What Is Cockygate? Why Should You Care?
There’s a reason why people write. Some do it to relieve stress or organize their thoughts. Others write for their own entertainment or to entertain others. Maybe you’re one of the people who only write when they must. No matter what your motive is, I’m sure that we can agree on one thing – writing isn’t easy.
For those who want to publish their work, it’s even harder. Most would love to see their books lining the shelves of Barnes & Noble and see that royalty check in their mailbox every week. However, that’s not a realistic dream for everyone. If you want to be published traditionally, you usually need a few things: money, time, and an agent. Very few publishing houses accept unsolicited manuscripts because there just isn’t time to read through all of it.
Realistically, most authors choose to go the self-publishing route. This is what I plan to do later this year (keep an eye out for that). There are a few different ways to be a successful self-published author:
- Split your time between writing, formatting, promoting, and engaging with your audience.
- Invest in social media managers and promotion packages to focus on writing.
While it is possible to become a successful self-published author by following these routes, some choose to pull a stunt that puts an entire community of writers at risk without knowing it. Faleena Hopkins, a self-published romance writer, started contacting others in the community to inform them that they were infringing on a trademark many didn’t know existed.
It’s important to establish the distinction between a copyright (what most authors use to protect their work or ‘brand’) and a trademark because of how Hopkins has handled the use of her trademark.
- Trademarks protect words, names, symbols, sounds or colors. Things like this include a business name, slogans, logos, and other things that brand a company.
- Copyrights are meant to protect literary and artistic works, such as books and videos. The holder of a copyright holds the exclusive right to reproduce the original creation.
Multiple sources have reported that Hopkins has sent copyright notices to any author who has titled their romance novel with the word ‘cocky’. Her notice states that she is giving them the chance to retitle and republish their novels or she will pursue legal action against them – if she were to win, they could be forced to forfeit all the money that they’ve made from the series and pay legal fees.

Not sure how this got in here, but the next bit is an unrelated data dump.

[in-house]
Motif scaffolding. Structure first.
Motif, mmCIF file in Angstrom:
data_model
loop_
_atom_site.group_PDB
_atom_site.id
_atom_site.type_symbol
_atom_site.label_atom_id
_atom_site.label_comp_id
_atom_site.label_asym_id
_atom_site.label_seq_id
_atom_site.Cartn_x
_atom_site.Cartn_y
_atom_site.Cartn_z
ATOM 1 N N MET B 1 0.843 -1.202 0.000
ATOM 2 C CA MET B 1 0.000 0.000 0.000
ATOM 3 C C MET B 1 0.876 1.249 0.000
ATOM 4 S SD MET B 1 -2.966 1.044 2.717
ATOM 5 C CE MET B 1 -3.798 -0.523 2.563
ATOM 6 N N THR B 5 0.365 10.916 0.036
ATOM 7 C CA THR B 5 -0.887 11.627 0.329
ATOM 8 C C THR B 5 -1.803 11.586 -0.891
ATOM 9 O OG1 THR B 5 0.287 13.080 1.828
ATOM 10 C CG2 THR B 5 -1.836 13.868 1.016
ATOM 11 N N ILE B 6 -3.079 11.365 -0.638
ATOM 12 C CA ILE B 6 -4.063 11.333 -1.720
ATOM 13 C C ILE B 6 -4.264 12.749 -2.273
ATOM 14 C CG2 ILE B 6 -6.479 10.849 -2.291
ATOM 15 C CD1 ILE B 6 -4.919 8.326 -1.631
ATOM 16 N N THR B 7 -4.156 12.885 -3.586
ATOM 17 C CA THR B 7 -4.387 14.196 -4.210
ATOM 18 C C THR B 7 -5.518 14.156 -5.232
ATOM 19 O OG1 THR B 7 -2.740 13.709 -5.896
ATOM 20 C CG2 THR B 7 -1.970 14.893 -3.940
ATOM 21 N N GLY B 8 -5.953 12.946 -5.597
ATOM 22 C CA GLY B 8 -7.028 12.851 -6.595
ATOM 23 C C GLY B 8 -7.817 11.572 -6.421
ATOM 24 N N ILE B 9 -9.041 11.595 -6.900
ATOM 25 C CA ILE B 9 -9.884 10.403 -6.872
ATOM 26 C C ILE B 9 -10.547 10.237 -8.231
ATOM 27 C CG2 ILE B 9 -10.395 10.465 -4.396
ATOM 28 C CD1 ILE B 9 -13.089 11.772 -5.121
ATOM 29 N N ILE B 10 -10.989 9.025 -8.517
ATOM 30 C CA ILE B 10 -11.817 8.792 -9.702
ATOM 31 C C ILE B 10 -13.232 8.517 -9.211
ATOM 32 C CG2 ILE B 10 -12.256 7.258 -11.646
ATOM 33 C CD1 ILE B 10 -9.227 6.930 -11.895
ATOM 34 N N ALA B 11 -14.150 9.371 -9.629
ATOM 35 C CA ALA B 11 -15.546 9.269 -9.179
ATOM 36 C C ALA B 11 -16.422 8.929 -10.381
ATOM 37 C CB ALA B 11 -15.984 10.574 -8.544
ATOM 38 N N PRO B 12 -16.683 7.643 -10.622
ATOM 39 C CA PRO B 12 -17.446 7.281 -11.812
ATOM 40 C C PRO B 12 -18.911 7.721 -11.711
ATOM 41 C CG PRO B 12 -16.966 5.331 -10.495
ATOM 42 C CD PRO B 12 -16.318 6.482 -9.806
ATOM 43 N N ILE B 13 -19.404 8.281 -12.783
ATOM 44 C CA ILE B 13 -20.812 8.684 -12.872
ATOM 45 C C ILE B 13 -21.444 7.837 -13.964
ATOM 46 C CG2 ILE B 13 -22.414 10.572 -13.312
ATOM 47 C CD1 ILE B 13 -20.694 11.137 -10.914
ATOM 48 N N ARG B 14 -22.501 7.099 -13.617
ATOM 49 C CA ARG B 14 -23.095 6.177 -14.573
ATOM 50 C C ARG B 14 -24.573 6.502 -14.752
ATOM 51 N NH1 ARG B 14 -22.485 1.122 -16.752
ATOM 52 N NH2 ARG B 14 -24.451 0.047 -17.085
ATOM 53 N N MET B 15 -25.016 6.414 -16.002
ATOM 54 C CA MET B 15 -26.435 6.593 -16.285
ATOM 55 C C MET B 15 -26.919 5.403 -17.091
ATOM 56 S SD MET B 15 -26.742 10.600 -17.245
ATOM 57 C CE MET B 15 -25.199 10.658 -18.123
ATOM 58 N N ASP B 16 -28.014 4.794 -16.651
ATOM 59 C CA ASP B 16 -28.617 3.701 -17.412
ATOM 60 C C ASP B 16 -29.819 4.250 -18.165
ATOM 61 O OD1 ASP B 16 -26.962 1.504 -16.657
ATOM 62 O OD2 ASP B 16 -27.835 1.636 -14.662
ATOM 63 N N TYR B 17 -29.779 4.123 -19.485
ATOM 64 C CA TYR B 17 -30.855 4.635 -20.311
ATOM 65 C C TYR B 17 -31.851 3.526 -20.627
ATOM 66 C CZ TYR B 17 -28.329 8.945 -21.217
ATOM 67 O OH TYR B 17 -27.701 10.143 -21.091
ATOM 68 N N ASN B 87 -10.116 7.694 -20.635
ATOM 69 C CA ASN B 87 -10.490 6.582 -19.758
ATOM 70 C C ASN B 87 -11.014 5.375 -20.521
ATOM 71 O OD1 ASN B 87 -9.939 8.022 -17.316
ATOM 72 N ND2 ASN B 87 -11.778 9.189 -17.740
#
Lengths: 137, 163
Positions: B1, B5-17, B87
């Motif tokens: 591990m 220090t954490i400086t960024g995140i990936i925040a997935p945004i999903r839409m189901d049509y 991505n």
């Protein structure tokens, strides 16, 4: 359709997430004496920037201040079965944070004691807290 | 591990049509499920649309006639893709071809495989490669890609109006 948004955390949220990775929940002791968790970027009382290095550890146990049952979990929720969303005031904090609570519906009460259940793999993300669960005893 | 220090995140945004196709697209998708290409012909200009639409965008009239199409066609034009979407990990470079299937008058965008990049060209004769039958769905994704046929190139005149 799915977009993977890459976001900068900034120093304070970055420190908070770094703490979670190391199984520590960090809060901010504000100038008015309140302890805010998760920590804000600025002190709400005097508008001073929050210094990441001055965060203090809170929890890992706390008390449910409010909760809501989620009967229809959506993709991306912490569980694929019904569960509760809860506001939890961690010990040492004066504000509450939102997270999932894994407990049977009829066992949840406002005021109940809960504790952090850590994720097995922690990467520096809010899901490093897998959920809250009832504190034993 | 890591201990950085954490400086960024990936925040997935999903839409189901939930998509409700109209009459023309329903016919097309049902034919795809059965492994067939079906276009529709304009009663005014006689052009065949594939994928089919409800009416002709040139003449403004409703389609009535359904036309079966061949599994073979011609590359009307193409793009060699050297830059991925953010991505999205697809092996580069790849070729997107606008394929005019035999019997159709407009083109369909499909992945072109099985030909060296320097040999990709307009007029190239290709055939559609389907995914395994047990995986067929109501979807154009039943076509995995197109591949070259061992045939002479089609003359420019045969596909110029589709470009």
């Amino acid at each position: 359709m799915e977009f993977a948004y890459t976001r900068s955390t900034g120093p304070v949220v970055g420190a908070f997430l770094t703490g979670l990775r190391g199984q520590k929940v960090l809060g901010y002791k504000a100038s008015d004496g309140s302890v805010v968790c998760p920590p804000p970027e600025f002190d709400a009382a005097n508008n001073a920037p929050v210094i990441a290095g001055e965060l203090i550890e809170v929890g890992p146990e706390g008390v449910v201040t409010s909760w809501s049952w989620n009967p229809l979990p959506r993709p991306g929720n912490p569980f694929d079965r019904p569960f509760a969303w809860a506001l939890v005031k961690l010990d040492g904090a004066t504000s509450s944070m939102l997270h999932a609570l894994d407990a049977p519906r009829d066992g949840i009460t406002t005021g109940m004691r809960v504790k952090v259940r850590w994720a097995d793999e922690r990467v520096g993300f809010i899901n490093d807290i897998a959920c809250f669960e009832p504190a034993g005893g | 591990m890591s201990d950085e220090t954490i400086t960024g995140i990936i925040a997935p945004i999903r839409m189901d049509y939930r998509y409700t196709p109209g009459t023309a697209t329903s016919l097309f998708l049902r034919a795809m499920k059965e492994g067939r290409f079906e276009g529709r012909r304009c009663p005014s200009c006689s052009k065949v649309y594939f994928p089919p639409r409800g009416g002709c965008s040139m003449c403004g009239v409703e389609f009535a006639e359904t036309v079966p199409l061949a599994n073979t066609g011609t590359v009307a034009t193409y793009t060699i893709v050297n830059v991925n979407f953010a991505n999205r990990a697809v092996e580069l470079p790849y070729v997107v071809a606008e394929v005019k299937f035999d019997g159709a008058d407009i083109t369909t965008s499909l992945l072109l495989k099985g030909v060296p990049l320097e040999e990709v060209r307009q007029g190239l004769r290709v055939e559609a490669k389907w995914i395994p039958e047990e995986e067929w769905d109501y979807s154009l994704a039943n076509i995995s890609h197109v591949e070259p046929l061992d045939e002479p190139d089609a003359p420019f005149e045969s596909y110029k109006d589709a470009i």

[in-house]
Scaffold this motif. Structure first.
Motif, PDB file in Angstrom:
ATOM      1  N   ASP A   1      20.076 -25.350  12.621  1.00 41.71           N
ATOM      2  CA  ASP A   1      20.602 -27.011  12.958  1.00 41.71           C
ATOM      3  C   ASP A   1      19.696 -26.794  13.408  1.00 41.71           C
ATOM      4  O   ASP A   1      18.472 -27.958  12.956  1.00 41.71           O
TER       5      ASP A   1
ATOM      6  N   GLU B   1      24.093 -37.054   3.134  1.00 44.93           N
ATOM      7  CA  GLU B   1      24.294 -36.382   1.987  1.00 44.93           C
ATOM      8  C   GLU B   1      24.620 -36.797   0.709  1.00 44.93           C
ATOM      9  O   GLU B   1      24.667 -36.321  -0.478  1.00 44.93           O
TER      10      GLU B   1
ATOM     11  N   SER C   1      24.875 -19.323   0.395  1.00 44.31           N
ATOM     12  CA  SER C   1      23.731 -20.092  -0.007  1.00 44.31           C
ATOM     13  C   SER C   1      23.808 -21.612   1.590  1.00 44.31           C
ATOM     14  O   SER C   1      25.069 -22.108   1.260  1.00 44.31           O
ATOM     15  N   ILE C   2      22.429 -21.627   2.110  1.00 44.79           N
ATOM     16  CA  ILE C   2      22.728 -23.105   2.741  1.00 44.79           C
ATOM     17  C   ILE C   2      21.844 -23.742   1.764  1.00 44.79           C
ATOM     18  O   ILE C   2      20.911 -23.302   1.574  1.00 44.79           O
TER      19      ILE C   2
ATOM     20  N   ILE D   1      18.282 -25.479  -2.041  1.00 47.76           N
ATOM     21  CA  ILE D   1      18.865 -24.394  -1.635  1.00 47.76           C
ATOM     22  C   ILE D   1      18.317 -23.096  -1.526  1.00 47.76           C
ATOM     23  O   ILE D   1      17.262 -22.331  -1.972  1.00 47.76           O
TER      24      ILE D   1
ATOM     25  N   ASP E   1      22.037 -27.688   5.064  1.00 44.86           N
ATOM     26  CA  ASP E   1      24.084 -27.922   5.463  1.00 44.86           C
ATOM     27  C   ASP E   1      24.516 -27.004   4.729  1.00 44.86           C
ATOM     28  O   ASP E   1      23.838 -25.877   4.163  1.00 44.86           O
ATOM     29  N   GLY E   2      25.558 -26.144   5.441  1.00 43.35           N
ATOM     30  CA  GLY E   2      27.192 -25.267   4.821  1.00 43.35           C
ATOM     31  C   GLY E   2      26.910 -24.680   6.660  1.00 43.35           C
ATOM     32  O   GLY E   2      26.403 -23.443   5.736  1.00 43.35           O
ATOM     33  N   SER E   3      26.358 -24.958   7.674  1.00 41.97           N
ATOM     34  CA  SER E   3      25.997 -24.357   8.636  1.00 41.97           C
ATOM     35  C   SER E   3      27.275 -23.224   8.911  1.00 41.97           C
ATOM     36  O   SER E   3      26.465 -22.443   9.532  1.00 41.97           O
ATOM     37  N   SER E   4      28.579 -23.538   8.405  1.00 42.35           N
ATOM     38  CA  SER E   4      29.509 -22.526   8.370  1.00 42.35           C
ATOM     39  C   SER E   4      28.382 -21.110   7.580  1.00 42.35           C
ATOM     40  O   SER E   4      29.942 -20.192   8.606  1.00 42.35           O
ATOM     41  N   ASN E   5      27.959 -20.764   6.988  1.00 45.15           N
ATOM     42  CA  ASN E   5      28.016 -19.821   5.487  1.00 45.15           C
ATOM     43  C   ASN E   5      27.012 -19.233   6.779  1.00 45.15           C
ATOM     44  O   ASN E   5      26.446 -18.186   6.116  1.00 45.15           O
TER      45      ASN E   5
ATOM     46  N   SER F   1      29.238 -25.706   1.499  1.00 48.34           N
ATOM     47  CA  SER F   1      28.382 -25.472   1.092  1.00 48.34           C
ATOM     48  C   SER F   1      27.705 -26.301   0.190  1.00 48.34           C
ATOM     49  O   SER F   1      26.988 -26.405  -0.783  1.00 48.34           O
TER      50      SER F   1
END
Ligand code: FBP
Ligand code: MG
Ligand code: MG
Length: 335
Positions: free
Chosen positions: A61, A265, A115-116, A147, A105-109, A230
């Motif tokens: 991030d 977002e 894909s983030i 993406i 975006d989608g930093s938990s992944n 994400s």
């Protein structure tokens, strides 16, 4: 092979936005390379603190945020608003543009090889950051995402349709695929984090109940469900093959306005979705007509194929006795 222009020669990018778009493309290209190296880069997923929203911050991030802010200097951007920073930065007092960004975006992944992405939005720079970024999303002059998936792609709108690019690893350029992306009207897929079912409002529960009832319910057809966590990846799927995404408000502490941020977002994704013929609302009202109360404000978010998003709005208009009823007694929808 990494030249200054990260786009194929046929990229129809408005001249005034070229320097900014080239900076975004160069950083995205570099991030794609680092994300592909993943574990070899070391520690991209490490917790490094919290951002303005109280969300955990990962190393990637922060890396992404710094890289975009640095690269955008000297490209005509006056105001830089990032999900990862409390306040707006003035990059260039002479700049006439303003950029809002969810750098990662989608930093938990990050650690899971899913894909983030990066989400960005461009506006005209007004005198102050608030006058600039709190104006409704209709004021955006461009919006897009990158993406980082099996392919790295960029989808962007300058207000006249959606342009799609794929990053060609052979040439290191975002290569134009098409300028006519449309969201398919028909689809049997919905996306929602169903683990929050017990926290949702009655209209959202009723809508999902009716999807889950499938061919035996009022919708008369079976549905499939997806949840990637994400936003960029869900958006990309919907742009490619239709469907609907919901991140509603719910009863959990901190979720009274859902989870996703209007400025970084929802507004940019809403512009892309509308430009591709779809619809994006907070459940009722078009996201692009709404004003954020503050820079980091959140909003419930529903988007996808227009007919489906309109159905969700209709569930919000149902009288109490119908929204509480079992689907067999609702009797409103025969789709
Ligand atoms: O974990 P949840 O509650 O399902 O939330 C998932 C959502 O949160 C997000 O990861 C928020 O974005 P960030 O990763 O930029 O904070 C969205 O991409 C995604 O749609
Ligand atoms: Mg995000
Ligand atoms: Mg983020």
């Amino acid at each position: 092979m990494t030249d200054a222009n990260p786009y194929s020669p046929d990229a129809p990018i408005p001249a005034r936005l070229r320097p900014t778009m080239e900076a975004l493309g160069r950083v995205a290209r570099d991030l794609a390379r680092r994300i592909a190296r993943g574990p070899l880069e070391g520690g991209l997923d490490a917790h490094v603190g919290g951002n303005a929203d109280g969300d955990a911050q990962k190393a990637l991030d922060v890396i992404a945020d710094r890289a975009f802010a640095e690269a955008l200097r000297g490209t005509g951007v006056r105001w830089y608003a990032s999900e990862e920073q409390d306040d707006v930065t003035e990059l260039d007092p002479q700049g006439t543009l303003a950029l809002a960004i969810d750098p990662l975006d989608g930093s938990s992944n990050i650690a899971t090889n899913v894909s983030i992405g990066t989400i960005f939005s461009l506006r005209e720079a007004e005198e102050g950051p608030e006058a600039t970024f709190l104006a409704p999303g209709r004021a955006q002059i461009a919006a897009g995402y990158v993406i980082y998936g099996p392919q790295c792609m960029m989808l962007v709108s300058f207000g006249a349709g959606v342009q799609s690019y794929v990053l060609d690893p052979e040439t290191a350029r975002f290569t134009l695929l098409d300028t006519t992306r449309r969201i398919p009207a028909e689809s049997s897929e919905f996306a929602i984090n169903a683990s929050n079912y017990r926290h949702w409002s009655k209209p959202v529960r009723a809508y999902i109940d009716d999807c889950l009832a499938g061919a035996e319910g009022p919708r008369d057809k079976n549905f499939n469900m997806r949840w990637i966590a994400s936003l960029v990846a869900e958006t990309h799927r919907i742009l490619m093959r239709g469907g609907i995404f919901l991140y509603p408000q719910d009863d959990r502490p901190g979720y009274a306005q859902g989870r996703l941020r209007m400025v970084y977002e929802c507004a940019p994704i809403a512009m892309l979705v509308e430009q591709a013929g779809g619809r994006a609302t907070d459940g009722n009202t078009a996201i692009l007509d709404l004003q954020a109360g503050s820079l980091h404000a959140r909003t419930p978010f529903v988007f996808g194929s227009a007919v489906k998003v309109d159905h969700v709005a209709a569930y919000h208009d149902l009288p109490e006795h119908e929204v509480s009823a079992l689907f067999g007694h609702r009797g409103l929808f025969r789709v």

For those who think that retitling a book, perhaps a series, is an easy measure, I’d like to say otherwise. Many self-published authors do their own promotion and merchandising. Some pay for bookmarks, logos, t-shirts, and other merchandise from their own pockets for their readership. It’s an expensive process to redo any merchandising that you’ve already made. That doesn’t include the costs to hire someone to create a new cover and artwork after retitling.
This is a dangerous thing for self-published authors to face, and several have started the retitling process to avoid damages. T.L. Smith and Melissa Jane are among them, retitling their novel Cocky Fiancé to Arrogant Fiancé to avoid litigation. A lawyer, Marc Whipple, has made several comments regarding the legality of what she’s doing.
You (usually) cannot try to claim something as a trademark when someone else was already using it for similar goods, because assuming an association could be formed between those goods and that mark, it has likely already formed in relation to the goods already on the market. And if it hasn’t formed, that is an indication that is is unlikely to form in the first place. In any event, prior use of a trademark almost always preempts attempts by a later user to claim exclusive rights in a mark. ~ Marc Whipple
Why should you care about what’s going on in self-publishing world if you’re not an author, particularly a romance writer? Well, the reason why is because it hurts the people who want to share their stories with the world. It opens up a realm of possibilities for people to abuse the trademark/copyright system. Every genre has words that are particular to it, whether fantasy or romance or mystery. If one person, like Faleena Hopkins, can trademark a common word and threaten to sue romance writers for infringing, what is protecting the rest of us? What is protecting the self-published author that you might know?
In the interest of fairness, Faleena Hopkin’s explanation for her actions can be found here. She does say that her intention is to protect her series after readers complained about buying the wrong book over confusion with their font choices. She also states that threats of legal action only came after an author published a book with the exact title as one of her previous ones (Cocky Cowboy).
If you are one of the romance writers who has already been spoken to by Hopkins, the Romance Writers of America are requesting that any author who has received correspondence from Hopkins or her attorney contact them so that they can file for an intellectual property attorney.